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  • Writer's pictureJ B

Why You Aren't Getting Better At Shooting

by Jon 9/30/2023

It’s a clickbait title, I know. But, really, why aren’t you getting better? How long has a “X” draw time been your ceiling? How long have you been a Sharp Shooter or C class? It might be your ego and it might be laziness, but if you’re reading this, I’m going to give you the benefit of the doubt and give you another option. It’s because your goals (if you even have any) suck. They suck real bad. Because your goals suck, so does your training plan. Vague, ill defined goals lead to a vague, ill defined, and aimless training plan.

Let me introduce you to SMART Goals. Now I’m not generally one for cutesy corporate speak but there is real science in the power of properly set goals, and SMART goals simply give us a framework to set Specific, Measurable, Achievable, Relevant, and Time-bound goals. With SMART goals, there is no question of “How do I get there?” With well-defined goals, the plan becomes self-evident. You just have to do the work.

So, let’s set a goal together. Oh, you want to shoot better? Me too, but that’s not…


We all want to shoot better, but what does that mean? I want a faster draw. Ok what does that mean? This is where we peel back the layers. I want to shave 0.30 off of my draw. Ok now we’re being specific… but let’s branch that out a little deeper. What makes a faster draw? It’s not just about moving your hands faster, but being efficient, bringing the gun to your eyes, getting rid of extraneous movement, getting the support hand to the gun early,... you see where I’m going with this. To ensure your goal is specific, ask yourself these questions:

1) Is your goal specific and well defined?

2) What do I want to achieve?

3) What does that achievement look like?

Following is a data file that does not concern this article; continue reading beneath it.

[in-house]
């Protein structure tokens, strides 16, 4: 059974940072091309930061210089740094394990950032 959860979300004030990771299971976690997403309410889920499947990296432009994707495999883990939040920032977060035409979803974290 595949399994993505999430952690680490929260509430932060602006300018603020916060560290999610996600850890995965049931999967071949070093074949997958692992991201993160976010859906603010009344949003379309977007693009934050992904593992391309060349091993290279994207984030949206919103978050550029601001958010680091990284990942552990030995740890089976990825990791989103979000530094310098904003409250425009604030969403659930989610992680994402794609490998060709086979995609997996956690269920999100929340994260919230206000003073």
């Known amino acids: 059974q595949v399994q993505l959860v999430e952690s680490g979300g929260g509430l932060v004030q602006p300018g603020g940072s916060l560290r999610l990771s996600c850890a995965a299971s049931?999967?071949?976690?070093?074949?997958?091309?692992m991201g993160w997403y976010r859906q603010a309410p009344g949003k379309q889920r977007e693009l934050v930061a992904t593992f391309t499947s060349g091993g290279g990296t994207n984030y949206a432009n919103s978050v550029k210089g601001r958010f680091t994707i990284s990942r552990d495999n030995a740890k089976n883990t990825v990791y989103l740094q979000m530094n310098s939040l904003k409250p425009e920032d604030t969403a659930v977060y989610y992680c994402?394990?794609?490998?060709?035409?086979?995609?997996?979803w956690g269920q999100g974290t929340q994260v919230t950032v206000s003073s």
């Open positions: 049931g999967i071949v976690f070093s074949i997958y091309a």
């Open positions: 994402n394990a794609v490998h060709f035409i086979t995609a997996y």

4) What steps do I need to take to get there?

Goals should be specific and well defined.


Make your goals quantifiable, they are outcome focused by nature. Pretty easy in our business because we all know that the target and the timer never lie, it is objective reality. But by what metric do we measure success? Is it time? Group size? Hit factor? It depends, and it’s entirely dependent on the goal you set, but will at least give you a witness mark against which to build your training plan. Here’s some measurability questions:

1) Can you track your goal?

2) If not, how do you know if you are meeting your goal?

3) What metrics are you going to use?


Be realistic. Make sure that your goal is something you CAN achieve within the resource and time limitations you have. “Shoot for the moon, because if you miss you’ll land amongst the stars” is trite bullshit. That way lies nothing but frustration and stagnation. This isn’t to say we will meet every goal, we will surely fail sometimes. But setting yourself up for failure for the mere “hard-coreness” of it is counterproductive. This requires a well-structured plan that you will actually execute. Think about resource requirements as well, such as ammo, travel to the range, and certainly not least of all your time.

1) Is this goal achievable?

2) Do I have the resources and time to make this happen?